Adults who use social care should be able to feel in control of their lives, according to new NICE guidance now open for consultation.
It was revealed that only 33% of adults using social care felt they had as much control as they wanted over their daily lives in 2016. NICE has now called for rules to be put in place helping staff avoid making assumptions about a person’s capacity to control their own care, including severely disabled patients.
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‘Social care is personal, it is about helping people live their life as they want,’ said NICE guidelines director Mark Baker.
‘Our committee looked at the views of people using social care services to find out what they really valued, such as having more control in how their care is planned. We have issued a set of draft recommendations to help providers deliver the care that people want and need.’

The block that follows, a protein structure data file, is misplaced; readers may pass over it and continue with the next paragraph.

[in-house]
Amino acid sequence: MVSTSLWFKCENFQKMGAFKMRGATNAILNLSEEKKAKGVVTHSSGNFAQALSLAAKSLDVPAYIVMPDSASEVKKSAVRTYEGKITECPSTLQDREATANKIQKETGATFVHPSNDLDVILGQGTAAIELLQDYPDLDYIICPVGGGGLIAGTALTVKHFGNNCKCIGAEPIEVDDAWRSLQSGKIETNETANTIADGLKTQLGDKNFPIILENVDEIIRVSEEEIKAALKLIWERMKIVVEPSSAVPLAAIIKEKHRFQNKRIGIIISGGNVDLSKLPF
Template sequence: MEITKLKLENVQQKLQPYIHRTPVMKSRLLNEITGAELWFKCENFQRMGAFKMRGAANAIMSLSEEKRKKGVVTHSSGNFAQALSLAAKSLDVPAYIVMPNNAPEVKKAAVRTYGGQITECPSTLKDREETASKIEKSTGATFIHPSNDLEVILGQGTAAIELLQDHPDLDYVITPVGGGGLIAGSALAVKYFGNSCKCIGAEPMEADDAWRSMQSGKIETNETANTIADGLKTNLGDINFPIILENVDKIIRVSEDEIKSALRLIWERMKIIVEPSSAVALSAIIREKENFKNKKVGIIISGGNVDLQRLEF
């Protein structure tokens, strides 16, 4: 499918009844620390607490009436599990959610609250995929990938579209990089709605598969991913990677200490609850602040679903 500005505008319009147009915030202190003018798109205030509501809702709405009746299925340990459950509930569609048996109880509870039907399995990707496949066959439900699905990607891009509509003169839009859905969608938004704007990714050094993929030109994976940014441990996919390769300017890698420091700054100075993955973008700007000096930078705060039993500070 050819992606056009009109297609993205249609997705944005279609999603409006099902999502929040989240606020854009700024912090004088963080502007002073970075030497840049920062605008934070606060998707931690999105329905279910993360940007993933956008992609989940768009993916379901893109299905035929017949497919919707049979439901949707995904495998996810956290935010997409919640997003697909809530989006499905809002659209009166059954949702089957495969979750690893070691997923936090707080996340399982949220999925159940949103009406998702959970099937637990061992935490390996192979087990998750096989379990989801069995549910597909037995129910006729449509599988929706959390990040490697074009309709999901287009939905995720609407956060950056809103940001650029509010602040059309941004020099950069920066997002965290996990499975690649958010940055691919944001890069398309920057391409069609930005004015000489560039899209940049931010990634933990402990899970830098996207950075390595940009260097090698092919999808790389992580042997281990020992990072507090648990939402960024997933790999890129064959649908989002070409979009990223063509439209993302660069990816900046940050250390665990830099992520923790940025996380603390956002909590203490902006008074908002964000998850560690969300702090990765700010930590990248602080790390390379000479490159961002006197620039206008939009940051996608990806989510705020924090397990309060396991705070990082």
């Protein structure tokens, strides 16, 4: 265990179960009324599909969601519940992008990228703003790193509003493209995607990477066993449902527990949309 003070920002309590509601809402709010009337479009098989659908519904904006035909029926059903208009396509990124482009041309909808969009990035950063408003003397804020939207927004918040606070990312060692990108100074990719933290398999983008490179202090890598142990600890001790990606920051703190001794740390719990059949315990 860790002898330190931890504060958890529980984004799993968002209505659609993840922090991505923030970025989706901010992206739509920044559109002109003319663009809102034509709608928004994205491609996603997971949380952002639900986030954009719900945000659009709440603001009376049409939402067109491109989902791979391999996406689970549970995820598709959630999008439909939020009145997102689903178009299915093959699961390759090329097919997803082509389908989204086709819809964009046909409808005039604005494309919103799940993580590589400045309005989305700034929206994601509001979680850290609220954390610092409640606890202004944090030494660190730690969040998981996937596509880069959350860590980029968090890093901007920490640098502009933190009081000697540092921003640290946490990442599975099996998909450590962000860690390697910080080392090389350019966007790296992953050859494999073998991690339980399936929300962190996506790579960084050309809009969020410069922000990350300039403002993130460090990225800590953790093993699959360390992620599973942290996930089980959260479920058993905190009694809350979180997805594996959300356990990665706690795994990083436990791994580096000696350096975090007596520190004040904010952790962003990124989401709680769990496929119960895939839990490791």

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NICE also advised that local authorities should include patients in decisions made outside of their direct care, such as sitting on interview panels to help recruit suitable staff.
Use of communication aids, such as picture books, were suggested to help people express their views, and commissioners should provide independent advocates to help people who may struggle to communicate their needs.
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In 2015-16, there were more than 800,000 people receiving long-term adult social care support in England. During this time services also responded to a further 1.8 million new requests for care and support. Councils in England spent £16.97 billion providing social care services in 2015-16.
The public consultation will run until 3 October 2017.